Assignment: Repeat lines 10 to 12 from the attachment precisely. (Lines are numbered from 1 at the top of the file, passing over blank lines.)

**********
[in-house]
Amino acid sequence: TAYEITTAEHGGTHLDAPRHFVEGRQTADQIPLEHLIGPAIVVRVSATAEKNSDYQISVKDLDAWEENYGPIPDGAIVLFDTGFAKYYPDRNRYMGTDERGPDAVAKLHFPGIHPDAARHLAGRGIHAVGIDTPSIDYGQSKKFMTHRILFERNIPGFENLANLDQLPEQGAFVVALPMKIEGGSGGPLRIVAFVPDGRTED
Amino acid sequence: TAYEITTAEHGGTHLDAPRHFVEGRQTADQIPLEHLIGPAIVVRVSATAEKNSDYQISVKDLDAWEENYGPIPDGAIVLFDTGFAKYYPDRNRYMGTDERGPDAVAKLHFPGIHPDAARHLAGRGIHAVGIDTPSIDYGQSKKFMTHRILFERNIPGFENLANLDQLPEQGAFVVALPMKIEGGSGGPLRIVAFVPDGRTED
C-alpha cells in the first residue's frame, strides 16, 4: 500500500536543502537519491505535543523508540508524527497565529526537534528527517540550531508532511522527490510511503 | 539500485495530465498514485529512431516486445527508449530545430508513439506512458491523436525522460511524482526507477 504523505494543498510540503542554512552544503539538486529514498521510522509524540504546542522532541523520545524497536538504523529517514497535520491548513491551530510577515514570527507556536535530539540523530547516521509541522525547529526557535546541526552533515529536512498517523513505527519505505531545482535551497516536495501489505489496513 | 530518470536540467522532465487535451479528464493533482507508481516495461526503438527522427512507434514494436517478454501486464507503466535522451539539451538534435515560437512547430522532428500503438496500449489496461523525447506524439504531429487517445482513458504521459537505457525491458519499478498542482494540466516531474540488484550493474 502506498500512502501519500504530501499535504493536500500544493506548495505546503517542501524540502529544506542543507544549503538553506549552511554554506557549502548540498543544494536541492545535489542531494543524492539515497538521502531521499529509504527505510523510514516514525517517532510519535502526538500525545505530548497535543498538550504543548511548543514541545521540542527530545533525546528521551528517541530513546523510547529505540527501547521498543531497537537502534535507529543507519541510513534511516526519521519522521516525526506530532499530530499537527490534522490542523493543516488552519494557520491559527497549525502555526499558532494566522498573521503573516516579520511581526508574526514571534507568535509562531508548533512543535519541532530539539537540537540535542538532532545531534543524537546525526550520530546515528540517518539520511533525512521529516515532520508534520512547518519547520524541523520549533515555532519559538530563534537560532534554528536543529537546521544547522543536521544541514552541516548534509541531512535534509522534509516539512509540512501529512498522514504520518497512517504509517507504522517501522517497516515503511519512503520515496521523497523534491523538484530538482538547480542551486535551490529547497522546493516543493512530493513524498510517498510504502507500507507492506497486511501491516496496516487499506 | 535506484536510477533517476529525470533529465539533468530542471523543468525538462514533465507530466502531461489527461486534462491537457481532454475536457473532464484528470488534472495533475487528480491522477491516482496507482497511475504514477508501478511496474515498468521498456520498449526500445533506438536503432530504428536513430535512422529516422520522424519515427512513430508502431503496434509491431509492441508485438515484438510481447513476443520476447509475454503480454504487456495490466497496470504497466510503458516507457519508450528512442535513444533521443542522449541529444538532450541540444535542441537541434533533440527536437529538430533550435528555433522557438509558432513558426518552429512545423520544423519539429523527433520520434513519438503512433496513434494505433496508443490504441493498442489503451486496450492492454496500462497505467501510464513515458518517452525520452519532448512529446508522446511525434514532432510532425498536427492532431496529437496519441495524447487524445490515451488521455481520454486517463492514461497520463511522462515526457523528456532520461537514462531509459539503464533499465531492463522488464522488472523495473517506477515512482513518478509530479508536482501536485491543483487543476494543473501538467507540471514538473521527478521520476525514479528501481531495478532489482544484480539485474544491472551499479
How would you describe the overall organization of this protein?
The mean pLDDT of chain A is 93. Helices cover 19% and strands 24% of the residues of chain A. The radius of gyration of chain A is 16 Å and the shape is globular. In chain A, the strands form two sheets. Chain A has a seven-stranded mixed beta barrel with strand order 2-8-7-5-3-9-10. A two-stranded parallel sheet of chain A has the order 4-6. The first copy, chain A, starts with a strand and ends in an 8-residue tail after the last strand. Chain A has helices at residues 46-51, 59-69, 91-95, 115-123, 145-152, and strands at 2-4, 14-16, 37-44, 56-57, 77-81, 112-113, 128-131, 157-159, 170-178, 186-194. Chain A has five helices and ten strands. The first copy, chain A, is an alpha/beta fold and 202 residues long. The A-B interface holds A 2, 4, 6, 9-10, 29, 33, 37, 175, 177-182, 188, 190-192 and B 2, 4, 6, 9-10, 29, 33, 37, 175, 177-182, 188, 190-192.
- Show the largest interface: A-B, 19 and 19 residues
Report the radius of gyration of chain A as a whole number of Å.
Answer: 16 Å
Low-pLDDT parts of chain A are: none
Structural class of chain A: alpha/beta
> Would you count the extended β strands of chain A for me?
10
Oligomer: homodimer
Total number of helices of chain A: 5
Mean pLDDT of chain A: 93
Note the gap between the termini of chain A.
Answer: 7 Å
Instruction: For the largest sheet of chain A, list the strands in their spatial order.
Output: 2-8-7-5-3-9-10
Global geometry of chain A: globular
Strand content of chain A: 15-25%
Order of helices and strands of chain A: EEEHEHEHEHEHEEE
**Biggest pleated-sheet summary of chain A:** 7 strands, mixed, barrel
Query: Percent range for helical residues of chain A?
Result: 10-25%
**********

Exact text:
Low-pLDDT parts of chain A are: none
Structural class of chain A: alpha/beta
> Would you count the extended β strands of chain A for me?